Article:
Sunday, January 19, 2014

My Annual Report Filing: An Unexpected Twist

My wife Lydia and I arrived at the Bureau of Immigration on Wednesday at about 6:40 a.m. and there were already  several people ahead of us. The doors opened promptly at 7a.m. By then the queue of course was longer. At about that time a security guard directed annual report filers to the guidance area for help in completing their forms. That's where we should have gone right away, but due to miscommunicated instructions, we thought we didn't have to do so because we had already filled out our papers. 

But once we finally got properly situated in the AR interview area, it took about an hour including waiting time, which might have been less had we gone to that section immediately. Actually, it took even longer for us to assemble and photocopy the required supporting docs (I-card and passport validation page copies, etc)  in the days before the annual report, not to mention the expenses involved, including the notary service fee of P200.00 for each of us . The good thing is that completing that package and having it ready for review before we got there saved a lot of time.

Once the examiner approves the annual report form, there  are  two more stops  to make where another examiner who gives the approved forms a quick  once-over before sending you to the cashier. After the P310 payment, you're done. Be sure to hang on to the receipt as you'll likely need that for next year's AR. 

The unwelcome surprise that I received is that the original examiner determined that there was an error in my permanent resident visa, specifically that it's supposedly the wrong kind.  However,  rather than hold me up for possibly several more hours to get the issue straightened out that day,  he logged the matter and signed off on  my annual report with the understanding that I would address the visa situation ASAP.  The strange thing is that I got the visa in 2005 but it took Immigration nine years to determine that something was amiss(?).

So I returned to the BI on Friday and proceeded to the visa section. I explained my predicament to the clerk, who  took my passport I-card, and the documents accompanying my annual review  inside the office where she evidently conferred with her supervisor.  She returned a short while later with the good news that as far as that department was concerned, there was  no discrepancy in my visa after all. This was because of a technicality that the annual report examiner hadn't considered in his status evaluation. So I sent a notice relaying that outcome  to him.

Yet  I wonder whether he will let it go at that as during the initial interview, he was very insistent in his position.  I only hope that he doesn't pursue the matter further.  The last thing that any expat needs is to get ensnarled with Immigration in a bureaucratic hassle stemming from circumstances that were not of his /her making in the first place.


Kano said...

Hi Rick,

It seems to me that many of these officials at the BI don't really know what kind of visa is suitable for each person who needs a visa.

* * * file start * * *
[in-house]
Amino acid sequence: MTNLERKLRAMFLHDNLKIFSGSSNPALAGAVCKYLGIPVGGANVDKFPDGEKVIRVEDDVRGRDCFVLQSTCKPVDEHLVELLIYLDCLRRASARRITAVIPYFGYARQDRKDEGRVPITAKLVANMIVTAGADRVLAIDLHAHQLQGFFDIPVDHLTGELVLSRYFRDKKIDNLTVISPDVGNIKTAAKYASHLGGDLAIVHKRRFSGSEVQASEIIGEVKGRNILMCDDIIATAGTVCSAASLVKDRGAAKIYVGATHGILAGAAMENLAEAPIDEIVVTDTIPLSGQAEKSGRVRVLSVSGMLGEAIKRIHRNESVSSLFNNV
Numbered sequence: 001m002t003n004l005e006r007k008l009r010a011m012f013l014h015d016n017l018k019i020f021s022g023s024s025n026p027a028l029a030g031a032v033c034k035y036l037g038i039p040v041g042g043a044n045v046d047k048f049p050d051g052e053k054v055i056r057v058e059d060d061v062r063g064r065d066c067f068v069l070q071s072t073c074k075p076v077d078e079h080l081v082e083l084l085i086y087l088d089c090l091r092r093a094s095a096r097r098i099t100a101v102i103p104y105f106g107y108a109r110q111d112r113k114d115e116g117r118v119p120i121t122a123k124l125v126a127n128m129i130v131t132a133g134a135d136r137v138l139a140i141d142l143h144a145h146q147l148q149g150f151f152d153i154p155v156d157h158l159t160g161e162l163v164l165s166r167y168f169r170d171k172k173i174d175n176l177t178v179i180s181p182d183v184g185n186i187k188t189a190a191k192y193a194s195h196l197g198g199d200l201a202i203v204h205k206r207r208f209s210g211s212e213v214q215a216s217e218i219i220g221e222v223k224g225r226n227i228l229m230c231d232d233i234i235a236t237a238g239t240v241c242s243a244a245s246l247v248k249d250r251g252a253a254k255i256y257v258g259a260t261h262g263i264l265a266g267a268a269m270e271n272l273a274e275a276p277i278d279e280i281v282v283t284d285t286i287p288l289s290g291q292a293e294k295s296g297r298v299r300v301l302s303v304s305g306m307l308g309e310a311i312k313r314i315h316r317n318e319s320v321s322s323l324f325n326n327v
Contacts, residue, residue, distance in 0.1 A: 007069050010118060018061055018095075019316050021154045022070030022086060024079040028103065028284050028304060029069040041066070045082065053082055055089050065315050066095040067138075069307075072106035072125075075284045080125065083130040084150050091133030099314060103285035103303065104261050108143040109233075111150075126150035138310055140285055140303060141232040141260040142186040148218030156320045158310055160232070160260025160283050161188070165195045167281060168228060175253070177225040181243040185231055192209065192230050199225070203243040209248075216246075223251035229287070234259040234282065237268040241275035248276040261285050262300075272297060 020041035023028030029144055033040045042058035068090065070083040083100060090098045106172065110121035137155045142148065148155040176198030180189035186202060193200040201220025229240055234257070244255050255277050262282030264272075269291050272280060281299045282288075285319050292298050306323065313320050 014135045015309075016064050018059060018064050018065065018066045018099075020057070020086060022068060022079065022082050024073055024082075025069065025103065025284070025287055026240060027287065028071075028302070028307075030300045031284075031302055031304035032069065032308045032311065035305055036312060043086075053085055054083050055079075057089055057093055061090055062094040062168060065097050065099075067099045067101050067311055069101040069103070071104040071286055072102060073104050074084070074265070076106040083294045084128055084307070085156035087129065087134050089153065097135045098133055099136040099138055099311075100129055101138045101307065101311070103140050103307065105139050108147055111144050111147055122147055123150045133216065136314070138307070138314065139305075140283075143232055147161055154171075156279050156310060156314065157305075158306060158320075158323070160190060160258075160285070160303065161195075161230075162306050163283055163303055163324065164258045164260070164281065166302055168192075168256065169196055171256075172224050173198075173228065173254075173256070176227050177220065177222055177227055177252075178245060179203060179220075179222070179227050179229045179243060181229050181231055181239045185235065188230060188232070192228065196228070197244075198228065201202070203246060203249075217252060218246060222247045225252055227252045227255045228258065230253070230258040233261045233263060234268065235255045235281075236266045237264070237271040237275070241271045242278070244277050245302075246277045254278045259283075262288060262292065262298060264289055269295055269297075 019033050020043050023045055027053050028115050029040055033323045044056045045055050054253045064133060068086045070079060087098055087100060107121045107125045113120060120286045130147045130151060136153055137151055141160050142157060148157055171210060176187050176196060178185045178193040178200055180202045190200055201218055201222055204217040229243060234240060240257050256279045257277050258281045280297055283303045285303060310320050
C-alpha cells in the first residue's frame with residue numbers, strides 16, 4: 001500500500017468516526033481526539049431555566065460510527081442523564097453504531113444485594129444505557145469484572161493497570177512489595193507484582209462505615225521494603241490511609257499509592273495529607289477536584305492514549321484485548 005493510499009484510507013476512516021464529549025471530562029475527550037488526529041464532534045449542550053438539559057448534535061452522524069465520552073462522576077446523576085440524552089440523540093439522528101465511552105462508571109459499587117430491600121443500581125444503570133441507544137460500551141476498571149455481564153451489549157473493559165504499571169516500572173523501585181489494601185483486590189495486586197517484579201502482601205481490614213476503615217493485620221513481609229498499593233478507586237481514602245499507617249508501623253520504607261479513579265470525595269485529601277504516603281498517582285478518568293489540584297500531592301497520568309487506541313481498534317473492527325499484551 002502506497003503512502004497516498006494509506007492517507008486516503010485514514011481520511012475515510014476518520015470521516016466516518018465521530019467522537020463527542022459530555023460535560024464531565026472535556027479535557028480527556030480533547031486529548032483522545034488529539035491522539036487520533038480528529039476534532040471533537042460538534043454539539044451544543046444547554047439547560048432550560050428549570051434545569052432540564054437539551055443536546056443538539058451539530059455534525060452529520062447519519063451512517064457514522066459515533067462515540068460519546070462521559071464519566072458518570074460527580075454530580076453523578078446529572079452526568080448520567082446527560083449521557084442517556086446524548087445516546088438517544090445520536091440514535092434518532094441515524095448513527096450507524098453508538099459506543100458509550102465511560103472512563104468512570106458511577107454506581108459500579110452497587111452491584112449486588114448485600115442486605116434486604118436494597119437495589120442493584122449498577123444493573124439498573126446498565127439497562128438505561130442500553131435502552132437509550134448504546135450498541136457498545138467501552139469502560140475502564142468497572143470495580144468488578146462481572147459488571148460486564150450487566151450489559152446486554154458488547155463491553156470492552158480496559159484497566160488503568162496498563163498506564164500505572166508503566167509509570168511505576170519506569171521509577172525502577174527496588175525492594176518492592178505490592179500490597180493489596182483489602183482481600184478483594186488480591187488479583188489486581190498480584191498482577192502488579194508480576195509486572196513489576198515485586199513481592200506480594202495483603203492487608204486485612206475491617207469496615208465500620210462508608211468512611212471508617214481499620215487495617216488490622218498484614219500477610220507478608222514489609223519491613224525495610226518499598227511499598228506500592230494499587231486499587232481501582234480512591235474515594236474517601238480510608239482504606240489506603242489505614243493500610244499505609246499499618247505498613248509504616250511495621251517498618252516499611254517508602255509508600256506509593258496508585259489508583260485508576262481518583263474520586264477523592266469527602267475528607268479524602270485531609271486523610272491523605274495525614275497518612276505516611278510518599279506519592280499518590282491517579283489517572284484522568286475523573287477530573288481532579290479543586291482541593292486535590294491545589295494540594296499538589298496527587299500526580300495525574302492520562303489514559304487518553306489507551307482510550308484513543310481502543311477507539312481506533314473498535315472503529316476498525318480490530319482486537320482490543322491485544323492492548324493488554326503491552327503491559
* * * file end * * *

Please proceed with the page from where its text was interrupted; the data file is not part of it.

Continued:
When I did a research on the types of visas that are available, there are indeed quite a few to choose from.

Two visas in particular are a bit confusing, and many people are also quite confused, and probably also the BI Officials. It could be one or the other for the foreigner to apply for.

That is why you have one BI Official telling one thing and the other in another department at the BI, another.

If this is the case, it does probably not matter then too much, as long as they see you holding a visa card for you to stay here in the Philippines


Secular Guy said...


Thanks for your valuable input. My concern is that the BI examiner who started all this may pursue the matter just to prove a point. I don't lie awake nights worrying about it, but as you know, when you live in the Philippines, it's important to "expect the unexpected".

Anonymous said...

This is not a comment. I just wanted to thank you for sharing your PI observations. I read practically all the websites and blogs since I live here half of each year and never bother commenting. I have been doing this for 10 years and enjoy reading other expats' experiences. I and my wife, who has never been outside of the PI, live happily on Panay in a minor city with only 20-40 local expats. I was born in the late 40's so I can identify w you somewhat. What I can't understand is why you chose MNL as the place to live. Take care. Panayjim.

Secular Guy said...


Thanks for the kind words. I admire expats like you who can readily adjust to life in the province. For all it's disadvantages, MNL has conveniences that I'm too spoiled to do without, especially here in Eastwood City. Yet, nothing lasts forever.I know the time may come when we might have to relocate from M-Manila, possibly to a more remote locale which I know that my wife really would like. But meantime, I'm enjoying city life while I can.